It’s uncommon to stumble across a pick-up hockey game in Knoxville, Tennessee. Unless you know where to look.
Every Tuesday night at 8:45 p.m., a tiny skating rink off of Kingston Pike called the Ice Chalet holds open hockey. Bring your own equipment, $15 a player. Goalies skate free.
Players wear what they have, and the rainbow of jerseys, from old high school jersey to a professional player’s name across the back, suggest the diversity of the men who wear them. They range from high school kids to UT club players to guys with families who love to get on the ice.
“We just kind of get together, try to find goalies,” UT student Clayton Grider said. “Just enjoy hockey, and mess around.”
There are no coaches. Players on the bench shout their advice to the bodies on the ice. It’s not clear if anyone is keeping score.
“Does anyone know the Predators score?” is occasionally shouted over the din of skates scraping the ice, stick hitting puck hitting board.
This Tuesday night extravaganza is one of a dozen weekly activities by the Ice Chalet, Knoxville’s oldest year-round ice skating community.
“We have things for non-skaters, like curling and hockey,” Chalet employee Caleb Rogers said. “Everyday, we have at least two hours of time for freestyle people to come and practice skating, and most days we have classes of some sort, even if it’s just basic learning to skate.”
A full schedule of group activities is supplemented by daily public sessions.
“Every day, we have public session for three to four hours. A couple days, we have ten hour long public session,” Rogers said. “It’s a really good deal, because [at] a lot of ice rinks, you have to pay per hour, but we have a flat rate. So if you walk in here on a Saturday at noon and pay the price, you can skate until 10 o’clock that night, and it will be fine.”
Skaters who take lessons at the Chalet put on two annual shows. One takes place in the summer, and the other, Nutcracker on Ice, has been taking place every December for 30 years.
“Jews have Passover; Christians have Christmas; we have Nutcracker,” Rogers said.
The Chalet was opened in 1962 by WWII fighter pilot Chambliss Pierce, an investor with Chalet Ice Rinks, Inc. Its early history was one of financial struggle, until a German show skater named Robert Unger settled in Knoxville and saved the day.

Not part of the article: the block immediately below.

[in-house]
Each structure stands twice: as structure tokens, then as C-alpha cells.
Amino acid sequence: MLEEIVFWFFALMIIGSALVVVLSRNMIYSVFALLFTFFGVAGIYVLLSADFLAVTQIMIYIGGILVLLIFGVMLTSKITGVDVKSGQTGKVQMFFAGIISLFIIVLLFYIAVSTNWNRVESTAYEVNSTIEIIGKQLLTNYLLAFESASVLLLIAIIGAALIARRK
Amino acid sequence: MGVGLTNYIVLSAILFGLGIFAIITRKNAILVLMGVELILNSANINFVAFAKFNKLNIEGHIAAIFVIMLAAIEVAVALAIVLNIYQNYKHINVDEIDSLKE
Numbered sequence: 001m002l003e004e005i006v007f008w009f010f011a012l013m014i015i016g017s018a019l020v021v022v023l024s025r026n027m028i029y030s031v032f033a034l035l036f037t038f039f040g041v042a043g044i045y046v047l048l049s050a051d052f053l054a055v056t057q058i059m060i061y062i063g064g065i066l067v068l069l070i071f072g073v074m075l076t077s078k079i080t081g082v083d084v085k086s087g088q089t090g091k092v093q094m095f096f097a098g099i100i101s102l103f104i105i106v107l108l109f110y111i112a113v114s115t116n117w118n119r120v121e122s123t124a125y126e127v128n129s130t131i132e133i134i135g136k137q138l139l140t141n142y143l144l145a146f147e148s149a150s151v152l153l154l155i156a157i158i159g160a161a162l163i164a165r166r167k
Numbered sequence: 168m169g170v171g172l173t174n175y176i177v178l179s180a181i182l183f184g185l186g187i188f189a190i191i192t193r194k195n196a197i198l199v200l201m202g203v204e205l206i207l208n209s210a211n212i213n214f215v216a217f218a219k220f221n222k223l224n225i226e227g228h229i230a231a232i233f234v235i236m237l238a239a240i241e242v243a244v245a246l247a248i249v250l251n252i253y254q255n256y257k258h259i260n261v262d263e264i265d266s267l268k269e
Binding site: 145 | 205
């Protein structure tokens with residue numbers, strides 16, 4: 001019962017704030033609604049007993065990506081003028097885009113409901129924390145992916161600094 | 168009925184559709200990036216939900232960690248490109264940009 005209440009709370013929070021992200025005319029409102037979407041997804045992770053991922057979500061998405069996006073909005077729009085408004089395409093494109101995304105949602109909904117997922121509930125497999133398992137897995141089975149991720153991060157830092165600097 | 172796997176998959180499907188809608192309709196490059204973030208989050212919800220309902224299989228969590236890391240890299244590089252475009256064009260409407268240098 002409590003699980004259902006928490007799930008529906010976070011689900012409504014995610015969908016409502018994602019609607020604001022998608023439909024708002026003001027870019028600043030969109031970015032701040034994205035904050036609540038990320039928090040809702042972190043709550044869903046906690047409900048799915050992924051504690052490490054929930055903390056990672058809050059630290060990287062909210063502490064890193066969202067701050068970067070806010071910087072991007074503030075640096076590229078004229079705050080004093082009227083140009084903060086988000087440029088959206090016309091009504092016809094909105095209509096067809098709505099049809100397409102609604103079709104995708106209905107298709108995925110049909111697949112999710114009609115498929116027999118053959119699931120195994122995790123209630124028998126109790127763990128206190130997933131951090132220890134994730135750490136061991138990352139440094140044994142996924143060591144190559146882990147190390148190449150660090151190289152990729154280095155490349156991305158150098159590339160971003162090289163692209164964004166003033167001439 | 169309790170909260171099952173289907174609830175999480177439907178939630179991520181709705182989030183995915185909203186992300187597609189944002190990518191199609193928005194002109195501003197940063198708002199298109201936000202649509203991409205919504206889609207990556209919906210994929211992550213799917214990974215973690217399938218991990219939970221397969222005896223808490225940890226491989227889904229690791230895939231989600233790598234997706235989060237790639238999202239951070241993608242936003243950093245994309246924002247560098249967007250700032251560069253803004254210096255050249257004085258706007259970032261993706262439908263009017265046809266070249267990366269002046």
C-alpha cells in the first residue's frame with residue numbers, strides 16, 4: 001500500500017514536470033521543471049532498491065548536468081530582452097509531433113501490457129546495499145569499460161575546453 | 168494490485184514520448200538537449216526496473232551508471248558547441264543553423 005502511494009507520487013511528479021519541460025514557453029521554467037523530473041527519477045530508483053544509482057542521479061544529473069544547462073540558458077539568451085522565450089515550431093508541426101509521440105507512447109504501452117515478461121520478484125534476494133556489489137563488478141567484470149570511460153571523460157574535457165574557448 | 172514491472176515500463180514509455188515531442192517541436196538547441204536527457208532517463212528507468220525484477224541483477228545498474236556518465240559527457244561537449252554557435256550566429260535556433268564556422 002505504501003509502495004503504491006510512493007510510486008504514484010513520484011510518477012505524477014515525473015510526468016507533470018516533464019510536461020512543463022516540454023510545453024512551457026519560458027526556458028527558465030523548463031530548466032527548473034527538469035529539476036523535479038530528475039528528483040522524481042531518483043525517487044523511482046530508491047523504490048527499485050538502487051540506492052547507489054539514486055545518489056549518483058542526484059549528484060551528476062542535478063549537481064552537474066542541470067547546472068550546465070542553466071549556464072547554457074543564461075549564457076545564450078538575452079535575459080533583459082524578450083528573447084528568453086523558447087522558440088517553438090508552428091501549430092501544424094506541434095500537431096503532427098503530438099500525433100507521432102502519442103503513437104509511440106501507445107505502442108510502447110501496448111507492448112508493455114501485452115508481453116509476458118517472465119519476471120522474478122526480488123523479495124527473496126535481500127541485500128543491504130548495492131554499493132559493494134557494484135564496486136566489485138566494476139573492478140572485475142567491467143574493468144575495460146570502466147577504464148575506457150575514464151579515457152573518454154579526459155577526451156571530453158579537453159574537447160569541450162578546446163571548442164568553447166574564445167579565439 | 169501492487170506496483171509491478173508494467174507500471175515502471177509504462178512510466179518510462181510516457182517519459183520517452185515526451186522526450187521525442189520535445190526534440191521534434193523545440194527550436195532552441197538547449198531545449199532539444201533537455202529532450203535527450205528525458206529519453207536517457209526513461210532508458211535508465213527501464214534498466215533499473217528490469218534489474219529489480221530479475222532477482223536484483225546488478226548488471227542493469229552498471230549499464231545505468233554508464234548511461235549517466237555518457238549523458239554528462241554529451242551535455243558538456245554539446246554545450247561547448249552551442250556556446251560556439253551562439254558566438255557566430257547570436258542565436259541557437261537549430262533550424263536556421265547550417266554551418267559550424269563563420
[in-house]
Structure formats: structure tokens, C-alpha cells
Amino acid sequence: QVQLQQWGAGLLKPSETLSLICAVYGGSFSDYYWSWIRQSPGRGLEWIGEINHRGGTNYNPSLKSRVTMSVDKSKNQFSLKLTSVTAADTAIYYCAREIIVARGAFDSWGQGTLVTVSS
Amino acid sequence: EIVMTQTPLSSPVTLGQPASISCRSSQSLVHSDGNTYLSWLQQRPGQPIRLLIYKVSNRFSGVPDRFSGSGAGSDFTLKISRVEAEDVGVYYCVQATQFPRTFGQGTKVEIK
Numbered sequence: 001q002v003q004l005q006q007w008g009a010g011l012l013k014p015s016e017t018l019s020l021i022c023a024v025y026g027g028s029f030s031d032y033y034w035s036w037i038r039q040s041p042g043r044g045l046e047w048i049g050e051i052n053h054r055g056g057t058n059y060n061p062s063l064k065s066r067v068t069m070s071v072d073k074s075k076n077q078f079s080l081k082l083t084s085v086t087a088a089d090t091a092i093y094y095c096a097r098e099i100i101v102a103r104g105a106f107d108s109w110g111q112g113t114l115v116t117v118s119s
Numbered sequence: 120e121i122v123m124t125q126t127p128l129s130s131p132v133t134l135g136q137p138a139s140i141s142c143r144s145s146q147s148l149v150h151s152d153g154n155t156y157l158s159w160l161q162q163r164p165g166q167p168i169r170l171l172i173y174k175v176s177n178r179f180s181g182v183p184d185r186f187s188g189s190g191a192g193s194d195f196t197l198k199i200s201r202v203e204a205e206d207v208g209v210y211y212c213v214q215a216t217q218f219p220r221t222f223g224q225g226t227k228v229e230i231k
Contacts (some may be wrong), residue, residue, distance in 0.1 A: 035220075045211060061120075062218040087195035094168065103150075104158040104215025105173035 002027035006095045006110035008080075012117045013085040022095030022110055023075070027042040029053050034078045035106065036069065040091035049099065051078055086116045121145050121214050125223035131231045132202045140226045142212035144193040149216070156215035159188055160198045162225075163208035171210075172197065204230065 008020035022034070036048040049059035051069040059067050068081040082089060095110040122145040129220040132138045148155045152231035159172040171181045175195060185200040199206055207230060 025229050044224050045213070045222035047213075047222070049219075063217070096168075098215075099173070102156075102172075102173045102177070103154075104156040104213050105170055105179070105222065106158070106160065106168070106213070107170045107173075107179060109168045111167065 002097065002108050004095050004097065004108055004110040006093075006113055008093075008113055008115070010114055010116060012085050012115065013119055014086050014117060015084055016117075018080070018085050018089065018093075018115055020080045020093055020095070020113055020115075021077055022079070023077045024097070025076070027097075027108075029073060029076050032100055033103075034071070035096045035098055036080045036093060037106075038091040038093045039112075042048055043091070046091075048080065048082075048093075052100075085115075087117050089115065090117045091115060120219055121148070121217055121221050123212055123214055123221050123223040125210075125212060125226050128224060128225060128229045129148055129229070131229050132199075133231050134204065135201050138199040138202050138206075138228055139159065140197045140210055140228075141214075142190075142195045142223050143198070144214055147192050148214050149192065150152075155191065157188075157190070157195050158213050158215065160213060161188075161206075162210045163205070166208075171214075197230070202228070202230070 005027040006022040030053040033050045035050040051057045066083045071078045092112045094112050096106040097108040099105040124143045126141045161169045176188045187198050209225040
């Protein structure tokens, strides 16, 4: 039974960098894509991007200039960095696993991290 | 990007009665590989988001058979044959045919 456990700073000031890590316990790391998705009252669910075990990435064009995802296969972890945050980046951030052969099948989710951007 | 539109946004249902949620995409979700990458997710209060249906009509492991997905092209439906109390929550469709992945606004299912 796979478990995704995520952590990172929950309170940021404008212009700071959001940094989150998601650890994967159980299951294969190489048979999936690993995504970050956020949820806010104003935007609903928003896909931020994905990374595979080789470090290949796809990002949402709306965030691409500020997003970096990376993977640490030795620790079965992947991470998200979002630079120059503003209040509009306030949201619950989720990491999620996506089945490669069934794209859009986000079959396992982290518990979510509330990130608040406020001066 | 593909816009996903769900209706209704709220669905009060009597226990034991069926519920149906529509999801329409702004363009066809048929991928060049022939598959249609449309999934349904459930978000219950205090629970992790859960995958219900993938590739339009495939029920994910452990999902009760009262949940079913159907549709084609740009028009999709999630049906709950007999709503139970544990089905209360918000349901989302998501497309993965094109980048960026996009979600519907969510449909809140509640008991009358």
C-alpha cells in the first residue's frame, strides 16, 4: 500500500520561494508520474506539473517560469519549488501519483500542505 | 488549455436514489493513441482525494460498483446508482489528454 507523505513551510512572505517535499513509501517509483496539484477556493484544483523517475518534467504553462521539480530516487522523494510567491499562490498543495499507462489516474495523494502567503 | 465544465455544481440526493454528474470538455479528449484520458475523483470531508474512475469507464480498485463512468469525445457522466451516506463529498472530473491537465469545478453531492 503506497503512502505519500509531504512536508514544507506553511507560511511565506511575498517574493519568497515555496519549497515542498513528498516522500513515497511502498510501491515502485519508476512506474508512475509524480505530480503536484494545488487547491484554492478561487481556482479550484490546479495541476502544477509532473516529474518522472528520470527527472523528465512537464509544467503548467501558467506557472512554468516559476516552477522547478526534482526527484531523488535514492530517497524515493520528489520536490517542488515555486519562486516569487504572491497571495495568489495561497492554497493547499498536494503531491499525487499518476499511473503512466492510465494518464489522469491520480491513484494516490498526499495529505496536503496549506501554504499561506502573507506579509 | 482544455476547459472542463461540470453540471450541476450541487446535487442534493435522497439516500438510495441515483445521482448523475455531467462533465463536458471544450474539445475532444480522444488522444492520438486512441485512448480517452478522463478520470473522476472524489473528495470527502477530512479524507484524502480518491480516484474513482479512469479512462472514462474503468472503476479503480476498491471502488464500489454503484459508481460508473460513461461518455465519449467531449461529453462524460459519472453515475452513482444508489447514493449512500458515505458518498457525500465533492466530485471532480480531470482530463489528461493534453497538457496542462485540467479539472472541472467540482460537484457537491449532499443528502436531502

Unger was instrumental in the founding of the Ice Skating Institute. ISI was different from traditional competitive figure skating because the emphasis was placed on performance and recreation instead of winning.
The first ISI competition, the Mississippi Valley District Figure Skating Competition, was held at the Ice Chalet in 1969. It continues there to this day, now known as the Robert Unger Skating Competition. The spirit of ISI, of Unger’s view of skating, also continues.
“We have competitions still…but it’s mostly about exhibition,” Rogers said. “We work on artistry, and we skate for the enjoyment of it, just for the sake of skating, rather than for the sake of winning. That’s why so many of us become show skaters.”
Rogers himself plans to become a show skater after he graduates from UT in May. Rogers has been skating at the Chalet since he was 10, and he’s been employed there since the age of 15.
Rogers describes himself as a combination of waiter, lifeguard and custodian. He describes the Chalet as a home.
“The Ice Chalet is definitely a family atmosphere that’s really good to be a part of,” Rogers said. “It’s sort of like it feels like a place where a family would live. A lot of ice rinks, you walk in, and it’s like a meat-packing freezer and cinderblock walls everywhere, metal. Here we [have] wood-paneled walls and a fireplace.”
The interior of the Chalet does suggest the warmth of families and Christmases past. Old skis and hockey sticks adorn the wood-paneled walls. Skates hang by their laces. The lobby is lit by a crackling fire and the glow of old-fashioned lamps.
Every surface is crowded with the memorabilia of the past half century. Plaques and trophies are proudly displayed, and nutcrackers of every size and variety watch over the skaters as the come and go.
The noise and the temperature in the ice rink itself will leave your ears ringing and your fingers stiff, but the lobby is cozy, anachronistic and warm.
Ice rinks are a rarity in East Tennessee, and Rogers knows this place is special.
“It’s just a really good thing,” Rogers said. “‘Cause not everybody’s interested in the typical sports, the typical hobbies. A lot of people went through karate, football, soccer, ballet, rifle shooting, whatever, and then they found ice skating, so that’s a good thing. It’s a niche we occupy.”
[October 12, 2017]